I've tried using this equation, but while it works for Bitcoin, it doesn't work for Monero.
Questions: what's the Monero mining reward equation? And a soft question, why is it so difficult to find this information?
Of course it doesn't work for Monero, because Monero is not a fork of Bitcoin.
For mining profit, the simplest would be the following:
Daily mining estimate = ( (your hashrate) * (current block reward) * 720 ) / (network hashrate)
Note that you can't use Bitcoin hashrate for this, as it is a different alghorithm (CryptoNight). For example, a RX 470 will yield about 600H/s for Monero.
For the current block reward, we must look at the emission schedule, or simply look it up at some block explorer.
The emission is a function of current supply, and was defined in the CryptoNote whitepaper, section 6.1.
The upper bound for the overall amount of CryptoNote digital coins is: MSupply = 264 − 1 atomic units. This is a natural restriction based only on implementation limits, not on intuition such as "N coins ought to be enough for anybody".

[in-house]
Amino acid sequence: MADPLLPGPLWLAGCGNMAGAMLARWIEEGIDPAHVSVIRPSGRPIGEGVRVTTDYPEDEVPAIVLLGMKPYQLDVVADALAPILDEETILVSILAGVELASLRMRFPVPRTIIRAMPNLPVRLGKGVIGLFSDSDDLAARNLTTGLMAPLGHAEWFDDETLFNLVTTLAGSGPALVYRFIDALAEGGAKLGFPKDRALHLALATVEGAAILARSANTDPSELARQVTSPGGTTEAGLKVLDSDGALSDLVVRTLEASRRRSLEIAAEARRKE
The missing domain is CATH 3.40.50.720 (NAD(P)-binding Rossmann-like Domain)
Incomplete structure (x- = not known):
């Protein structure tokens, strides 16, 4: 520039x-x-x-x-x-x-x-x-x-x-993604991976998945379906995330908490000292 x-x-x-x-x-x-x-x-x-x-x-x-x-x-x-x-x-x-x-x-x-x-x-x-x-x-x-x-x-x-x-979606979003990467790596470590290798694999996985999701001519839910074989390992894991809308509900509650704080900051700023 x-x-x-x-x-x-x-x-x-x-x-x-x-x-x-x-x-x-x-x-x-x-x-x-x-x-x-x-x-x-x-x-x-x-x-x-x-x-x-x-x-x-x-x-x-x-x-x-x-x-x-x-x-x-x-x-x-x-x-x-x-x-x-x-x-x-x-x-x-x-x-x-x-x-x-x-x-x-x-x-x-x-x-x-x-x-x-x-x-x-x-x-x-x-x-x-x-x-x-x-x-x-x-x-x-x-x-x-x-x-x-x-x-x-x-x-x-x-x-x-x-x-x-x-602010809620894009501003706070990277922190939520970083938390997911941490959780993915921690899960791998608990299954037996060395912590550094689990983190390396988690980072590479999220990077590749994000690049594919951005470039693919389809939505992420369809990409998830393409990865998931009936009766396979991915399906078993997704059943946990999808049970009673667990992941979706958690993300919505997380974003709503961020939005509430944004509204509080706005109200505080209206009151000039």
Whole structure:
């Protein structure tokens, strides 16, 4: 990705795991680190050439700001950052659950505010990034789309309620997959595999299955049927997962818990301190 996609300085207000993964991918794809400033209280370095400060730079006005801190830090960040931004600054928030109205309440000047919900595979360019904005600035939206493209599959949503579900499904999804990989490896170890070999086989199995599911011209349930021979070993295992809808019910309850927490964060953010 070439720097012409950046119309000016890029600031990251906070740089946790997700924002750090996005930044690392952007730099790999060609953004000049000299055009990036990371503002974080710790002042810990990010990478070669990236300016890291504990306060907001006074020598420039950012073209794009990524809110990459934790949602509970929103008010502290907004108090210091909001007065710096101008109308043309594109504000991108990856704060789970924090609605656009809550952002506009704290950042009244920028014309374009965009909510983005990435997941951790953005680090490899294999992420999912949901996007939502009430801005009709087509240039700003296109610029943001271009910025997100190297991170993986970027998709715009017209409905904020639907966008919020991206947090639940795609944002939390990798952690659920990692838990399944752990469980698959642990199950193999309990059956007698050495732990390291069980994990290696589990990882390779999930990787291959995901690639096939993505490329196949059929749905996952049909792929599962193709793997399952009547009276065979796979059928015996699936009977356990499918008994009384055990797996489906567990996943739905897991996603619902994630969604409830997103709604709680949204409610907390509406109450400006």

To ensure the smoothness of the emission process we use the following formula for block rewards:
BaseReward = (MSupply − A) >> 18,
where A is amount of previously generated coins.
The above is not really user-friendly since it uses bit-shifting for faster calculation.
User-friendly variant of the expression can be found here. Repeating for readability:
The Monero block reward = (M - A) * 2-20 * 10-12, where A = current circulation.
And a soft answer: all I had to do to find it was search for "emission" here on StackExchange.
Also, searching "mining" yields:
Digging into some online profitability calculators, this formula is found:
hashrate is your hardware hashrate (and is not the same as BTC hashrate),
difficulty is the current network difficulty,
blockreward is the current network blockreward,
3600 is number of seconds in one hour.